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Hotsprings
Geothermal hot springs like this one indicate the presence of molten magma relatively close to the surface. Such fields are ideal for use in the generation of geothermal-produced electricity.

Power Tube Promises - Part 2

An interview with Power Tube inventor, Doyle Brewington

By Bill Moore

"All geothermal plants today are one of a kind because none of them are alike," Doyle Brewington pointed out to EV World. "They are rated at approximately three million dollars an installed megawatt." According to Brewington, the inventor of the Power Tube, this makes them more expensive to build than conventional fossil fuel plants, which he estimates cost between $1.2 and $1.5 million per megawatt.

A megawatt is equivalent to 1,000 kilowatts. An average American home uses about one kilowatt of electricity per hour, occasionally peaking to 10kW/hr. A megawatt would therefore provide enough power, on average, for roughly 1000 homes.

By contrast, Brewington and his backers believe the eventual production model of their 10MW Power Tube can be installed for under $450,000 per megawatt, a dramatic cost reduction. This translates into electricity production at between 3.5 and 5 cents per kilowatt hour, depending on the type and location of the installation.

Up to this point in time, Doyle and his employer -- who is underwriting the initial development costs of the Power Tube -- have tested the individual components and run computer simulations of the system. The next phase of development will see the components assembled and tested at the J.J. Pickle Center at the University of Texas at Austin.. He estimates they are about 18-20 months away from actual field testing of the first three prototypes.

The first of the three prototypes will be tested in a simulated hot rock environment. Special rock is being imported from Mexico and will be assembled into two halves. These will be heated by a liquid propane gas burner system to simulate geothermal hot rocks. This is enable Power Tube developers to make on-going modifications.

The two subsequent prototypes are slated for testing in Hawaii and Costa Rica. Doyle added that the later is particularly anxious to begin testing the system.

But Costa Rica, with its rich geothermal resources, is only one of 39 countries around the world that could be powered entirely by geothermal energy, he observed. He also estimated that once the 50 megawatt Power Tube units that are on the drawing board reach production, he believes that he could provide up to one-third of US electric energy needs using geothermal power alone.

EV World asked Brewington if any independent testing entities have verified the feasibility of his concept. He responded that when they asked for such an entity to give them a idea of the cost of verifying the Power Tube concept, the cost was so prohibitively expensive that it simply made more sense to go ahead the build the prototype first.

"Everyone that has looked at it from the point of view of the technical side of it, including people who are interested in the investment side of it, have said that it is fantastic and why hasn't anybody thought of it before."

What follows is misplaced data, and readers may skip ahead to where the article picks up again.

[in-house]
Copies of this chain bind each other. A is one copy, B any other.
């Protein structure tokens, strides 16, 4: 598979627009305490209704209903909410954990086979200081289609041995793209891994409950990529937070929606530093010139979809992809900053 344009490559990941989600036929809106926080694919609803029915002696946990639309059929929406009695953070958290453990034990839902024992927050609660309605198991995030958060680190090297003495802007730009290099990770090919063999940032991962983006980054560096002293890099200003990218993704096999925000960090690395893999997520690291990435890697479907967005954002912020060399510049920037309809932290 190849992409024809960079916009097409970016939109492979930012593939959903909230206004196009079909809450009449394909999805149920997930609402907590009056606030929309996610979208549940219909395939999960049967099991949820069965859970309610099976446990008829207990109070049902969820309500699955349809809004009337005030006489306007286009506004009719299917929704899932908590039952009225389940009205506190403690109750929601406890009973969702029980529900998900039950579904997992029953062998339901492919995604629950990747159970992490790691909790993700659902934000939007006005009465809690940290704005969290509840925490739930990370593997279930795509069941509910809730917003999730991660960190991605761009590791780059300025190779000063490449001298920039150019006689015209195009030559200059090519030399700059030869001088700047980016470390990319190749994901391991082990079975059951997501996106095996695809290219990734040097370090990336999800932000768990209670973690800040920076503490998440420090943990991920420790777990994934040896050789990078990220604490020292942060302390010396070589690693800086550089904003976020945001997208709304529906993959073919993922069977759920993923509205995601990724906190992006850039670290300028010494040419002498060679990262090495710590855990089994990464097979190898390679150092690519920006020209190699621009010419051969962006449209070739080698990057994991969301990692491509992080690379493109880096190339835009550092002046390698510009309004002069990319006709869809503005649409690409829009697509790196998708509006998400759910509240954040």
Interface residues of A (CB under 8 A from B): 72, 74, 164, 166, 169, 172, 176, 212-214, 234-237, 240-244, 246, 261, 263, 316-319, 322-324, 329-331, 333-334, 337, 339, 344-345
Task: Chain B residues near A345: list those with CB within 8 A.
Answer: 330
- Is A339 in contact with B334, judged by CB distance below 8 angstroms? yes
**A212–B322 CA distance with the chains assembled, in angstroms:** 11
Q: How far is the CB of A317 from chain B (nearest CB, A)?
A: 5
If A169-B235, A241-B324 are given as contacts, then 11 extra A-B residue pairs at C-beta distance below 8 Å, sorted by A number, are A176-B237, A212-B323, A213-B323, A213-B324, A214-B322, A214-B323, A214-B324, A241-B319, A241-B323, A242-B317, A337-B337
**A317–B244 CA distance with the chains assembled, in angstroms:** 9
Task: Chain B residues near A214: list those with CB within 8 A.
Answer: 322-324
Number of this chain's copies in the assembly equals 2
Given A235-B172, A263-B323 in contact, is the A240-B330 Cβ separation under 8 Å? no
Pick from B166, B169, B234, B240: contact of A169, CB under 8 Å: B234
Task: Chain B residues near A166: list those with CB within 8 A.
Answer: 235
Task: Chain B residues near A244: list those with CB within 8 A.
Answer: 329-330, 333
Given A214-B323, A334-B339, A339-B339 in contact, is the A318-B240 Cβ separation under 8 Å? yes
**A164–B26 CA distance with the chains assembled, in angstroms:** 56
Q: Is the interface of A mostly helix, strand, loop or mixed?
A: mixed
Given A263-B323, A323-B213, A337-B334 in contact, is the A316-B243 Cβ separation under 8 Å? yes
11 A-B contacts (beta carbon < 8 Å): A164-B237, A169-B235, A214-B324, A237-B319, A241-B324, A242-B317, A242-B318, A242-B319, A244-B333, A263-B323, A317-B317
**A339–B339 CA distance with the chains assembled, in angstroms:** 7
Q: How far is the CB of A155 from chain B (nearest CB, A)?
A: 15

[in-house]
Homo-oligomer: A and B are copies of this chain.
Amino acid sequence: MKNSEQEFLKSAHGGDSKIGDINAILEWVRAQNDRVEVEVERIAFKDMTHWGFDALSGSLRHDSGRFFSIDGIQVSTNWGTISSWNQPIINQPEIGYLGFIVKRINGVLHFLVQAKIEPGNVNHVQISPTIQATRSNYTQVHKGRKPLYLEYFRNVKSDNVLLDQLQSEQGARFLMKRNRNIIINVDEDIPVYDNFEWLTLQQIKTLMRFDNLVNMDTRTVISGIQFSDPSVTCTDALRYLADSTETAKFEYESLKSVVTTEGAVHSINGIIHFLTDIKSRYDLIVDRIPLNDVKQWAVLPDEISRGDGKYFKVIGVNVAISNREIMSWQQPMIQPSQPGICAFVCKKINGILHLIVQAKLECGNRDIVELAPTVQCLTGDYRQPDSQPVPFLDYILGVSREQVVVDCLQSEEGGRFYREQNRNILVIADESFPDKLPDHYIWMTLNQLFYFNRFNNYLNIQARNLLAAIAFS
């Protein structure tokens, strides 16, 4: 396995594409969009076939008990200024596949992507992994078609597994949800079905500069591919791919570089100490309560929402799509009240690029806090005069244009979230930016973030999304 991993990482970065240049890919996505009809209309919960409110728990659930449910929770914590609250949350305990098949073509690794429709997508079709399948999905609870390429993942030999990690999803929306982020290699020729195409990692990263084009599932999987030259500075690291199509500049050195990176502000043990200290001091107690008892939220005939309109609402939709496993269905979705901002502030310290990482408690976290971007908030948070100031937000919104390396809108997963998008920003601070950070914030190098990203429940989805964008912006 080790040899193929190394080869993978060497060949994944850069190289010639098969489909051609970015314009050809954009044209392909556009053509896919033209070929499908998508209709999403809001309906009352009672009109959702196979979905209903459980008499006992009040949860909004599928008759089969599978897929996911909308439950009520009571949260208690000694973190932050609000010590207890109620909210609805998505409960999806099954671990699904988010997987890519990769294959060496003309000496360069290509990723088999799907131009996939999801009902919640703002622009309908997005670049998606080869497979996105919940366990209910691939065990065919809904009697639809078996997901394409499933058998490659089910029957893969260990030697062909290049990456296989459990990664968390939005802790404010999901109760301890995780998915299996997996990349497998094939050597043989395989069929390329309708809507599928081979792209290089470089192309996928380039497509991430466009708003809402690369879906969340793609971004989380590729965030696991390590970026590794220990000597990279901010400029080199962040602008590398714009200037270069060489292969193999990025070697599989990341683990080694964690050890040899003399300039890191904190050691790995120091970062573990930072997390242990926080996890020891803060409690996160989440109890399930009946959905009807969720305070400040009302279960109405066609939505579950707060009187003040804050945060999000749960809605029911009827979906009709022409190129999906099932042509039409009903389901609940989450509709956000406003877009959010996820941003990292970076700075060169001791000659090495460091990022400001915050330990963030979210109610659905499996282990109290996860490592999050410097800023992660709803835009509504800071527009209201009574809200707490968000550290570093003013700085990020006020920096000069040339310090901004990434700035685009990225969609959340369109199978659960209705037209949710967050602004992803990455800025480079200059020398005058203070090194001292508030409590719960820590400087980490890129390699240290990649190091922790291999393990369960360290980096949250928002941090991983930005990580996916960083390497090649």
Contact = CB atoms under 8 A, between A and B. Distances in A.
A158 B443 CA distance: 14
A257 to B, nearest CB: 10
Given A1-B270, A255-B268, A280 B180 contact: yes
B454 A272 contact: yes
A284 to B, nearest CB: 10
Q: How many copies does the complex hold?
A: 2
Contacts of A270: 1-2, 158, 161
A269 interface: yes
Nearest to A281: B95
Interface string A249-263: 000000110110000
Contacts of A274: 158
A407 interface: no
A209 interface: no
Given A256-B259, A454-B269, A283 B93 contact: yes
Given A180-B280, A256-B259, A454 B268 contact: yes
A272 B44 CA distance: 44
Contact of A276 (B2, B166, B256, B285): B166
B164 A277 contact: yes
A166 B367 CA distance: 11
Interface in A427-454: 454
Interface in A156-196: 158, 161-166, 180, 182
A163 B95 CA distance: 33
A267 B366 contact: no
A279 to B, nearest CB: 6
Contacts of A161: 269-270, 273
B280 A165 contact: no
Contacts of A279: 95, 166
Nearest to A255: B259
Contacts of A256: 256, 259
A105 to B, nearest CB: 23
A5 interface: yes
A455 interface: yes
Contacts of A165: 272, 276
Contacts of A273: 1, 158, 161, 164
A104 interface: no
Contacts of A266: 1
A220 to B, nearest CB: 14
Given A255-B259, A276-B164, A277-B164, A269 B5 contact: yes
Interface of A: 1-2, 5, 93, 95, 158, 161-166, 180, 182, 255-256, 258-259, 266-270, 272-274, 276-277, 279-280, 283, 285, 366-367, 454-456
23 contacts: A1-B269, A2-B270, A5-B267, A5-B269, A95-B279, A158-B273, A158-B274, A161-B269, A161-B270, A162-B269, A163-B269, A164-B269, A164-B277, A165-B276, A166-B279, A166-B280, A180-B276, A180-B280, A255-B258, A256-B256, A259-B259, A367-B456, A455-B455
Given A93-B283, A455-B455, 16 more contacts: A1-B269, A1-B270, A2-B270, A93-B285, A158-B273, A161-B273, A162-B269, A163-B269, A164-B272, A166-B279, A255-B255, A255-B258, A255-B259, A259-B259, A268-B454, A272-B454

One of the reasons Brewington has designed the system to be module is so that it can be continually upgraded with new technology. He estimates the working life of each Power Tube to be 5 years, at the end of which, he expects the units will be ready to be upgraded with newer, more efficient technology. This is in sharp contrast to the normal central power plant that has a design life of 30-40 years, but cannot be easily upgraded or improved as technology advances.

One recent example is a brand new 36MW turbine developed by GE that can fit inside a 22 inch diameter enclosure. Brewington said he is working with GE to integrate this turbine into his design.

"New technology comes up very fast in five years. So we'll be able to pull those out and install the new technology. . . put one of the new ones in the ground in place of it, take this one back to the plant, install new technology and be able to install it elsewhere," he explained. "Our point is not to sell these. Our point is just to sell the energy, because by selling the energy and maintaining control over the unit, we're also responsible for its maintenance and reinstallation."

Brewington envisions three marketing models:

  1. Build, own and operate the geothermal electricity Power Tube installation, selling power to the grid.
  2. Subcontract the operation of the unit to a utility who sells the electricity to its customers.
  3. Leasing the units to organizations and businesses who want to set up their own utilities or distributed generation systems.

In looking at the international marketplace and the risks associated with going into under developed countries, Brewington reported that his firm has had conversations with the World Bank and others international risk underwriters and those discussions sound promising. "You're pretty much covered and as long as you're working in a country that has protocol with these organizations, you really don't have a risk."

Brewington explained that anyone interested in learning more about the Power Tube can talk directly to the company president, Dr. Patrick Hoskins or by calling (281) 351-4545 in Houston, Texas.

Times Article Viewed: 6468
Published: 14-Oct-2001

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